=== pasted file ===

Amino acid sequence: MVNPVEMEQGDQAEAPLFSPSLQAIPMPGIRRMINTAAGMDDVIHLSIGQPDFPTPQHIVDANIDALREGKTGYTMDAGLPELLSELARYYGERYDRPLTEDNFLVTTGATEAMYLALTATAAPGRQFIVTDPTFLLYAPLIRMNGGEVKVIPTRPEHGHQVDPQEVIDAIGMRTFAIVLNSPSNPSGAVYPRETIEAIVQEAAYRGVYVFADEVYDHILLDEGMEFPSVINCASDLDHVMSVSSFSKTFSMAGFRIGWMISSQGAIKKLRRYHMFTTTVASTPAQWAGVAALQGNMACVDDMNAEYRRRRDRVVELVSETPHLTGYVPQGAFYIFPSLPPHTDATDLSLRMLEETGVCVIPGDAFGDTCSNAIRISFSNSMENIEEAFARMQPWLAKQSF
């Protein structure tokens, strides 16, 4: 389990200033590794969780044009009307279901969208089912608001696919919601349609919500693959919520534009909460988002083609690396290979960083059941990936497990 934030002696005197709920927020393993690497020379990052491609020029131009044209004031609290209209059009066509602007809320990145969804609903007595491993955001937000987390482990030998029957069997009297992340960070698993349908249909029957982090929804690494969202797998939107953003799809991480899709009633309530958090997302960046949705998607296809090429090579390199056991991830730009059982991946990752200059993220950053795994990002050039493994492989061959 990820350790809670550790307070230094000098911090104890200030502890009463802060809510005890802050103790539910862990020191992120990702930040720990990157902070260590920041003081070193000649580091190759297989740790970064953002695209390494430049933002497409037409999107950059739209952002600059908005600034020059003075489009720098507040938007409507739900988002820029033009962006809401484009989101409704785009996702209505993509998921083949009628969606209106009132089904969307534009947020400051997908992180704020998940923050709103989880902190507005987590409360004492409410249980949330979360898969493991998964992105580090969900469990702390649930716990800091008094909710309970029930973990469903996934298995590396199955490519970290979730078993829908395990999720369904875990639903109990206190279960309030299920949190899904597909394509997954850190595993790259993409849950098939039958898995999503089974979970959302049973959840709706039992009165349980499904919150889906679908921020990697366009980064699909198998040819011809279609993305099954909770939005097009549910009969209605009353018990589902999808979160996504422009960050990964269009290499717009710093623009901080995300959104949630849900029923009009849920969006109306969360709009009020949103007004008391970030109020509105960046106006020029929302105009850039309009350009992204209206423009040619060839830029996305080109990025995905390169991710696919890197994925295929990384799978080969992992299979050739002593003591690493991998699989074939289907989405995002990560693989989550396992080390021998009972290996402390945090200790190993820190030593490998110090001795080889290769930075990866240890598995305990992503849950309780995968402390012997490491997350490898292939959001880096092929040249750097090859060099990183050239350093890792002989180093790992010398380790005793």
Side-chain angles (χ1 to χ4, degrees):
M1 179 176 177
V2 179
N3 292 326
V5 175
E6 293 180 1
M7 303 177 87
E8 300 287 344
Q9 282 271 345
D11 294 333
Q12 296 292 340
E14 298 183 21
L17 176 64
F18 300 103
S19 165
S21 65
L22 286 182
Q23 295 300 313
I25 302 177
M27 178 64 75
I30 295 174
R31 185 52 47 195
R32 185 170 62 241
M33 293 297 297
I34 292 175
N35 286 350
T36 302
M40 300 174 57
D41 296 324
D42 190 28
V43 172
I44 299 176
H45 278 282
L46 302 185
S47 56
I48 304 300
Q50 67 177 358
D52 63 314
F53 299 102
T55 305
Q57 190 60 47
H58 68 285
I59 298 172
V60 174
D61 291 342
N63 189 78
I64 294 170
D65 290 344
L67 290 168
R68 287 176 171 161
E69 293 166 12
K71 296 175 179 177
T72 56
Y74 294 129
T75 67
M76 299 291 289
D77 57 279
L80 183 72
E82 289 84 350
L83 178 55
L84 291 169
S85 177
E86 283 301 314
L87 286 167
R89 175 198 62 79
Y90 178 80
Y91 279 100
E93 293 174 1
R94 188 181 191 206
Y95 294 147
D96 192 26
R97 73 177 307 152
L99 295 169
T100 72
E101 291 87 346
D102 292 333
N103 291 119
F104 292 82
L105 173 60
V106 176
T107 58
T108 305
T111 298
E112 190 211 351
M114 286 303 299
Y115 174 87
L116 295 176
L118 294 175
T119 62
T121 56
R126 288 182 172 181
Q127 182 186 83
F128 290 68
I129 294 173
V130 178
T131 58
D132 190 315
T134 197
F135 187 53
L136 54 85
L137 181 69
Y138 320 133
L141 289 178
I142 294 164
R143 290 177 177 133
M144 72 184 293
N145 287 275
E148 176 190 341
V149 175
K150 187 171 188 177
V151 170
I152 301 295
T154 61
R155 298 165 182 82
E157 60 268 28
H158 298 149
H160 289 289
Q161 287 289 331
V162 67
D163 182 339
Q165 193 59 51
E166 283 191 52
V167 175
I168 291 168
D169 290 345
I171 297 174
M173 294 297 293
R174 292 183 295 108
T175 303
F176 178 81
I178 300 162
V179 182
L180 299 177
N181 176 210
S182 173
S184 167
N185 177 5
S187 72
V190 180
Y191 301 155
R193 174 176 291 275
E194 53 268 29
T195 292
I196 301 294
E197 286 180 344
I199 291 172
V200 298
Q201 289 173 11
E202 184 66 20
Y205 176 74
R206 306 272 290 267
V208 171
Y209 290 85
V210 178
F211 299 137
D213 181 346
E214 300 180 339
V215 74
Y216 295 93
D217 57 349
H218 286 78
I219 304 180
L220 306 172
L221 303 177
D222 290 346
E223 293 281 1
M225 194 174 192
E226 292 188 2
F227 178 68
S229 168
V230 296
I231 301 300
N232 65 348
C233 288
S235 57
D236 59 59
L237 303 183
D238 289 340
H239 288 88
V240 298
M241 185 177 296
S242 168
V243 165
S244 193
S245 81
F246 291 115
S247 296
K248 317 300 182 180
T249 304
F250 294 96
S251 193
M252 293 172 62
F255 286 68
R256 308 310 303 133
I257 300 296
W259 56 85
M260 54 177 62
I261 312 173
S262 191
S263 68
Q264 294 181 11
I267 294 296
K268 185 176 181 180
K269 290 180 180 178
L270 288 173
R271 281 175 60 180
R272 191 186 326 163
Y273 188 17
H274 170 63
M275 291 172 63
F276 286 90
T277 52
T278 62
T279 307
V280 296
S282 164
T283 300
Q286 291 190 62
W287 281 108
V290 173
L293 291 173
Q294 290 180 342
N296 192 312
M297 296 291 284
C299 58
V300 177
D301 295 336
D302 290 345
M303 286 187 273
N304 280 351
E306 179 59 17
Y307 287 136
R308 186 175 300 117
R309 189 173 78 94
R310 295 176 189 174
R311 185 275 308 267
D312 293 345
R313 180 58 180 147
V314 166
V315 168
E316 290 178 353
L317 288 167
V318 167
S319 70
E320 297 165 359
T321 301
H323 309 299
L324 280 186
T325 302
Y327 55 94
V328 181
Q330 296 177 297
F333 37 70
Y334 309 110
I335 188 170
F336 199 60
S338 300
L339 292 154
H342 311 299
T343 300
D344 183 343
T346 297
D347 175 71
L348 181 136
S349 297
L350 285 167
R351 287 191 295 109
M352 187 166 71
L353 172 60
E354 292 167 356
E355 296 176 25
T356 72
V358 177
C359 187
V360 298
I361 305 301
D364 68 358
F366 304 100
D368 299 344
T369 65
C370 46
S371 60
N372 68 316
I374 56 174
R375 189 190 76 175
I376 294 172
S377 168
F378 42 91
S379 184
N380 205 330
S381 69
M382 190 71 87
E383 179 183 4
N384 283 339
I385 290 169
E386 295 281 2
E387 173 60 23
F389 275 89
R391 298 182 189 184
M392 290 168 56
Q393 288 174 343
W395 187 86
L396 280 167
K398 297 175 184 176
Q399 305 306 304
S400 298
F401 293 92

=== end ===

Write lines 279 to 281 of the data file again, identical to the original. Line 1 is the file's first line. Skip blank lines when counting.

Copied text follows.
D364 68 358
F366 304 100
D368 299 344